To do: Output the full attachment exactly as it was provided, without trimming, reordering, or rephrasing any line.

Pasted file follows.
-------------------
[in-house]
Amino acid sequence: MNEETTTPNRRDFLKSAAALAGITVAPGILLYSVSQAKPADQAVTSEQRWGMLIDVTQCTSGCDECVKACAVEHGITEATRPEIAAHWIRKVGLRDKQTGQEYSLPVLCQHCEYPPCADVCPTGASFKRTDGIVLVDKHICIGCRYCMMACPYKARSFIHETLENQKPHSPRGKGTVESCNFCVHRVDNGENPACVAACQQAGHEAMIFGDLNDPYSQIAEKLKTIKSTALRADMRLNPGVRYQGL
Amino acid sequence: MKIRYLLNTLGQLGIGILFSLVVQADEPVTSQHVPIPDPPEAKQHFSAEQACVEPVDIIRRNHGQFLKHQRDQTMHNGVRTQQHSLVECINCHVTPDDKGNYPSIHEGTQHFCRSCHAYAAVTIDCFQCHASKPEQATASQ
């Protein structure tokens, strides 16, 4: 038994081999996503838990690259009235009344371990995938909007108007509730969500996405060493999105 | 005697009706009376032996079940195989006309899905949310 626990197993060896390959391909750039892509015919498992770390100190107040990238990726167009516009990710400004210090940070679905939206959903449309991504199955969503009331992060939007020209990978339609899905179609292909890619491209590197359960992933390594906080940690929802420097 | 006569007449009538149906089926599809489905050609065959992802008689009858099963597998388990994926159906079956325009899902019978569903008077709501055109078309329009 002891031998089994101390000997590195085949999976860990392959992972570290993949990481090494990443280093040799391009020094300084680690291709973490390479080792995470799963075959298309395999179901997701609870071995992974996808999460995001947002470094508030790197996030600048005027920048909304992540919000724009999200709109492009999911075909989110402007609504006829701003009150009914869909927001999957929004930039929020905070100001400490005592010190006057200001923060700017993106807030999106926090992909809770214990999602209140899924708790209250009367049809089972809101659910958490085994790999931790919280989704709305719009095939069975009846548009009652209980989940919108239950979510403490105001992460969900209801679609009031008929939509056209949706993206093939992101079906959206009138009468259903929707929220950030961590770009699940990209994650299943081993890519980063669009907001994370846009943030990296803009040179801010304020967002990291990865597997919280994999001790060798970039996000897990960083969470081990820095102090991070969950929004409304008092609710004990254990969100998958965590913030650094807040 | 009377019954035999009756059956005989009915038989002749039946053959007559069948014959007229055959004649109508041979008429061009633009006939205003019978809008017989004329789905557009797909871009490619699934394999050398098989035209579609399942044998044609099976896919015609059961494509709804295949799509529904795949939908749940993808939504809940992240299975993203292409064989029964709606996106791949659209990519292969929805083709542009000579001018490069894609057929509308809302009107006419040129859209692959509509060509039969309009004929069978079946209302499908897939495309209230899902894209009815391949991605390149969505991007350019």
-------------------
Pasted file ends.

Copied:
[in-house]
Amino acid sequence: MNEETTTPNRRDFLKSAAALAGITVAPGILLYSVSQAKPADQAVTSEQRWGMLIDVTQCTSGCDECVKACAVEHGITEATRPEIAAHWIRKVGLRDKQTGQEYSLPVLCQHCEYPPCADVCPTGASFKRTDGIVLVDKHICIGCRYCMMACPYKARSFIHETLENQKPHSPRGKGTVESCNFCVHRVDNGENPACVAACQQAGHEAMIFGDLNDPYSQIAEKLKTIKSTALRADMRLNPGVRYQGL
Amino acid sequence: MKIRYLLNTLGQLGIGILFSLVVQADEPVTSQHVPIPDPPEAKQHFSAEQACVEPVDIIRRNHGQFLKHQRDQTMHNGVRTQQHSLVECINCHVTPDDKGNYPSIHEGTQHFCRSCHAYAAVTIDCFQCHASKPEQATASQ
């Protein structure tokens, strides 16, 4: 038994081999996503838990690259009235009344371990995938909007108007509730969500996405060493999105 | 005697009706009376032996079940195989006309899905949310 626990197993060896390959391909750039892509015919498992770390100190107040990238990726167009516009990710400004210090940070679905939206959903449309991504199955969503009331992060939007020209990978339609899905179609292909890619491209590197359960992933390594906080940690929802420097 | 006569007449009538149906089926599809489905050609065959992802008689009858099963597998388990994926159906079956325009899902019978569903008077709501055109078309329009 002891031998089994101390000997590195085949999976860990392959992972570290993949990481090494990443280093040799391009020094300084680690291709973490390479080792995470799963075959298309395999179901997701609870071995992974996808999460995001947002470094508030790197996030600048005027920048909304992540919000724009999200709109492009999911075909989110402007609504006829701003009150009914869909927001999957929004930039929020905070100001400490005592010190006057200001923060700017993106807030999106926090992909809770214990999602209140899924708790209250009367049809089972809101659910958490085994790999931790919280989704709305719009095939069975009846548009009652209980989940919108239950979510403490105001992460969900209801679609009031008929939509056209949706993206093939992101079906959206009138009468259903929707929220950030961590770009699940990209994650299943081993890519980063669009907001994370846009943030990296803009040179801010304020967002990291990865597997919280994999001790060798970039996000897990960083969470081990820095102090991070969950929004409304008092609710004990254990969100998958965590913030650094807040 | 009377019954035999009756059956005989009915038989002749039946053959007559069948014959007229055959004649109508041979008429061009633009006939205003019978809008017989004329789905557009797909871009490619699934394999050398098989035209579609399942044998044609099976896919015609059961494509709804295949799509529904795949939908749940993808939504809940992240299975993203292409064989029964709606996106791949659209990519292969929805083709542009000579001018490069894609057929509308809302009107006419040129859209692959509509060509039969309009004929069978079946209302499908897939495309209230899902894209009815391949991605390149969505991007350019």